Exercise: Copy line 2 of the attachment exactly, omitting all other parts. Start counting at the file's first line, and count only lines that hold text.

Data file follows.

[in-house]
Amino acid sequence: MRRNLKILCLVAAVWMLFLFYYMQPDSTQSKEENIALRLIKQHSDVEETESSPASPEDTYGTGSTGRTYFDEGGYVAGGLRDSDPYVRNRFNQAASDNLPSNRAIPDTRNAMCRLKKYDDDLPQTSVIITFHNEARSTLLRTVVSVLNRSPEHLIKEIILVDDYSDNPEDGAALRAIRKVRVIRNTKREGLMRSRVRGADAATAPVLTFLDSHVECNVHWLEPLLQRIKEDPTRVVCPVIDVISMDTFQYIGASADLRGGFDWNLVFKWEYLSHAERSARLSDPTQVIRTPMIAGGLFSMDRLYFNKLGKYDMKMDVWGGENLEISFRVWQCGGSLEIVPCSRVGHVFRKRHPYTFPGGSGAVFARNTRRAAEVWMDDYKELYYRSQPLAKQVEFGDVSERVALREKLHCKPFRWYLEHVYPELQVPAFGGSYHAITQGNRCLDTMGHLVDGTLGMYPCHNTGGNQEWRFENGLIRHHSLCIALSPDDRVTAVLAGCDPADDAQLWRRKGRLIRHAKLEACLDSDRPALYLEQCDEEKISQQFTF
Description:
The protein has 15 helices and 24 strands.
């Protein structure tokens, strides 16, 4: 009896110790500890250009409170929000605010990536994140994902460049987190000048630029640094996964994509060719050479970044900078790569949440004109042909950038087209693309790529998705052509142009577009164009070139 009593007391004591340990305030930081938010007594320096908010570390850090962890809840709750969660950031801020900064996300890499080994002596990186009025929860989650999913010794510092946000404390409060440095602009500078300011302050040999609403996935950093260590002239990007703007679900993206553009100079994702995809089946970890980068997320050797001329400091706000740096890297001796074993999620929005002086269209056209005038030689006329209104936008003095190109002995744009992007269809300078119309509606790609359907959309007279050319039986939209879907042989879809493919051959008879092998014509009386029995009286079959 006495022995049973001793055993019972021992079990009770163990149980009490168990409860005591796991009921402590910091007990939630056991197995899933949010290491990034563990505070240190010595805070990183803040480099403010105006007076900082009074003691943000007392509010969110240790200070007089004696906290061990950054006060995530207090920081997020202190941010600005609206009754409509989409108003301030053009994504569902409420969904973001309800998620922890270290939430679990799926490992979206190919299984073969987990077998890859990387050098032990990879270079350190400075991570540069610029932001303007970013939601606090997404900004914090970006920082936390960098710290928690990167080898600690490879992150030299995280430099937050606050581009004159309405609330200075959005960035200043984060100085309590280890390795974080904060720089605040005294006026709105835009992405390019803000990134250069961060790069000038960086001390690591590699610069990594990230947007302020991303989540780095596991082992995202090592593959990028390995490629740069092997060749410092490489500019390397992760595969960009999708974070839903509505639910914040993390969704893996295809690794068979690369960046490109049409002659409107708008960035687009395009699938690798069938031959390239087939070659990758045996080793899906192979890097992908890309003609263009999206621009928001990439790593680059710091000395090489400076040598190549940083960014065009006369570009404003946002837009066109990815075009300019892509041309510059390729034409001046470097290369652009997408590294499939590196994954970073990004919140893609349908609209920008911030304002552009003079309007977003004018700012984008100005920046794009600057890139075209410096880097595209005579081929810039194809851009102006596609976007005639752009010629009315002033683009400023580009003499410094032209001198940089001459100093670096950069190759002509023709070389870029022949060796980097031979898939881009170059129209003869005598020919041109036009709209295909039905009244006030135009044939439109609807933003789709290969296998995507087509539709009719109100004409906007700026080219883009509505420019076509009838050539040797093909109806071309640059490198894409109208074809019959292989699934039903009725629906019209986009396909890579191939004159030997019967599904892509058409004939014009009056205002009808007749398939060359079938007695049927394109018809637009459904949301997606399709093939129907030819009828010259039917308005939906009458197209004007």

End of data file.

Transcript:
Amino acid sequence: MRRNLKILCLVAAVWMLFLFYYMQPDSTQSKEENIALRLIKQHSDVEETESSPASPEDTYGTGSTGRTYFDEGGYVAGGLRDSDPYVRNRFNQAASDNLPSNRAIPDTRNAMCRLKKYDDDLPQTSVIITFHNEARSTLLRTVVSVLNRSPEHLIKEIILVDDYSDNPEDGAALRAIRKVRVIRNTKREGLMRSRVRGADAATAPVLTFLDSHVECNVHWLEPLLQRIKEDPTRVVCPVIDVISMDTFQYIGASADLRGGFDWNLVFKWEYLSHAERSARLSDPTQVIRTPMIAGGLFSMDRLYFNKLGKYDMKMDVWGGENLEISFRVWQCGGSLEIVPCSRVGHVFRKRHPYTFPGGSGAVFARNTRRAAEVWMDDYKELYYRSQPLAKQVEFGDVSERVALREKLHCKPFRWYLEHVYPELQVPAFGGSYHAITQGNRCLDTMGHLVDGTLGMYPCHNTGGNQEWRFENGLIRHHSLCIALSPDDRVTAVLAGCDPADDAQLWRRKGRLIRHAKLEACLDSDRPALYLEQCDEEKISQQFTF